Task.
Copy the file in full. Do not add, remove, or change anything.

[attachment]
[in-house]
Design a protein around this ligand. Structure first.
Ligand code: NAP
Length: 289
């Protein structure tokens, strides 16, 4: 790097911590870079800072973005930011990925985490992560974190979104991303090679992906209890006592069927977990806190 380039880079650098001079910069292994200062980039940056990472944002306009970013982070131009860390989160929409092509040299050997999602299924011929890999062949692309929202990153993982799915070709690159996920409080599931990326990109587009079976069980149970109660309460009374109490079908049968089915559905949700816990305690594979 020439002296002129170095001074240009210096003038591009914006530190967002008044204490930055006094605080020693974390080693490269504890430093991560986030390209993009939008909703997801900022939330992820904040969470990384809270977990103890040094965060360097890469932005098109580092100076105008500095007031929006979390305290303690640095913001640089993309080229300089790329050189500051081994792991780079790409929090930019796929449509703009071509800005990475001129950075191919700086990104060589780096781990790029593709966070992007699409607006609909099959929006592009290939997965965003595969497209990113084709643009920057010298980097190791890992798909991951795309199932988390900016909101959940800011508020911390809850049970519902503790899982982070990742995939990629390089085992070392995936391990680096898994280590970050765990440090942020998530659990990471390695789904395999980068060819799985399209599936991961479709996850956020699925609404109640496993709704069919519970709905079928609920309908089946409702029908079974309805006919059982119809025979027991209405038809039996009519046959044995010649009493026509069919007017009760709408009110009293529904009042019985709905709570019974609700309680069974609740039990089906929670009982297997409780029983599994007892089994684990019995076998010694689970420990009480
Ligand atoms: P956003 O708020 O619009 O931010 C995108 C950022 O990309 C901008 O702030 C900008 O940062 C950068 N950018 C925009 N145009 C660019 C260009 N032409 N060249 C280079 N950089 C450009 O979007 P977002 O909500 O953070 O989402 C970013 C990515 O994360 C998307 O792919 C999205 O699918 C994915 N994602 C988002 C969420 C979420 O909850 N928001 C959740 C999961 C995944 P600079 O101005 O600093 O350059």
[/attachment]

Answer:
[in-house]
Design a protein around this ligand. Structure first.
Ligand code: NAP
Length: 289
């Protein structure tokens, strides 16, 4: 790097911590870079800072973005930011990925985490992560974190979104991303090679992906209890006592069927977990806190 380039880079650098001079910069292994200062980039940056990472944002306009970013982070131009860390989160929409092509040299050997999602299924011929890999062949692309929202990153993982799915070709690159996920409080599931990326990109587009079976069980149970109660309460009374109490079908049968089915559905949700816990305690594979 020439002296002129170095001074240009210096003038591009914006530190967002008044204490930055006094605080020693974390080693490269504890430093991560986030390209993009939008909703997801900022939330992820904040969470990384809270977990103890040094965060360097890469932005098109580092100076105008500095007031929006979390305290303690640095913001640089993309080229300089790329050189500051081994792991780079790409929090930019796929449509703009071509800005990475001129950075191919700086990104060589780096781990790029593709966070992007699409607006609909099959929006592009290939997965965003595969497209990113084709643009920057010298980097190791890992798909991951795309199932988390900016909101959940800011508020911390809850049970519902503790899982982070990742995939990629390089085992070392995936391990680096898994280590970050765990440090942020998530659990990471390695789904395999980068060819799985399209599936991961479709996850956020699925609404109640496993709704069919519970709905079928609920309908089946409702029908079974309805006919059982119809025979027991209405038809039996009519046959044995010649009493026509069919007017009760709408009110009293529904009042019985709905709570019974609700309680069974609740039990089906929670009982297997409780029983599994007892089994684990019995076998010694689970420990009480
Ligand atoms: P956003 O708020 O619009 O931010 C995108 C950022 O990309 C901008 O702030 C900008 O940062 C950068 N950018 C925009 N145009 C660019 C260009 N032409 N060249 C280079 N950089 C450009 O979007 P977002 O909500 O953070 O989402 C970013 C990515 O994360 C998307 O792919 C999205 O699918 C994915 N994602 C988002 C969420 C979420 O909850 N928001 C959740 C999961 C995944 P600079 O101005 O600093 O350059």